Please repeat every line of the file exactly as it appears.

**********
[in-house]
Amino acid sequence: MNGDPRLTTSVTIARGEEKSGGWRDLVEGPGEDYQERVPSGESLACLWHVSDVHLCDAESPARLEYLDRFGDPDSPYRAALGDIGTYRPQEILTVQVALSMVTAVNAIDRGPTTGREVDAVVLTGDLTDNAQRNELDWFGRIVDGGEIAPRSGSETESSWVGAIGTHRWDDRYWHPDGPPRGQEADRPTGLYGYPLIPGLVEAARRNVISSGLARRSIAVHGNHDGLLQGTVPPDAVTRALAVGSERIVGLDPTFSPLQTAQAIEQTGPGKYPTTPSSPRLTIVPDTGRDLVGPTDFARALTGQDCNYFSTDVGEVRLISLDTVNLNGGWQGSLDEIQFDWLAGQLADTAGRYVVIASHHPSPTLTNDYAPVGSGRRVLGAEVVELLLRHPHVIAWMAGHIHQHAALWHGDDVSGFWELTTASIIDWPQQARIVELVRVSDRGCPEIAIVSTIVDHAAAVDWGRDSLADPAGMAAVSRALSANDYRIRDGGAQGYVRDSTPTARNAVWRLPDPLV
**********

[in-house]
Amino acid sequence: MNGDPRLTTSVTIARGEEKSGGWRDLVEGPGEDYQERVPSGESLACLWHVSDVHLCDAESPARLEYLDRFGDPDSPYRAALGDIGTYRPQEILTVQVALSMVTAVNAIDRGPTTGREVDAVVLTGDLTDNAQRNELDWFGRIVDGGEIAPRSGSETESSWVGAIGTHRWDDRYWHPDGPPRGQEADRPTGLYGYPLIPGLVEAARRNVISSGLARRSIAVHGNHDGLLQGTVPPDAVTRALAVGSERIVGLDPTFSPLQTAQAIEQTGPGKYPTTPSSPRLTIVPDTGRDLVGPTDFARALTGQDCNYFSTDVGEVRLISLDTVNLNGGWQGSLDEIQFDWLAGQLADTAGRYVVIASHHPSPTLTNDYAPVGSGRRVLGAEVVELLLRHPHVIAWMAGHIHQHAALWHGDDVSGFWELTTASIIDWPQQARIVELVRVSDRGCPEIAIVSTIVDHAAAVDWGRDSLADPAGMAAVSRALSANDYRIRDGGAQGYVRDSTPTARNAVWRLPDPLV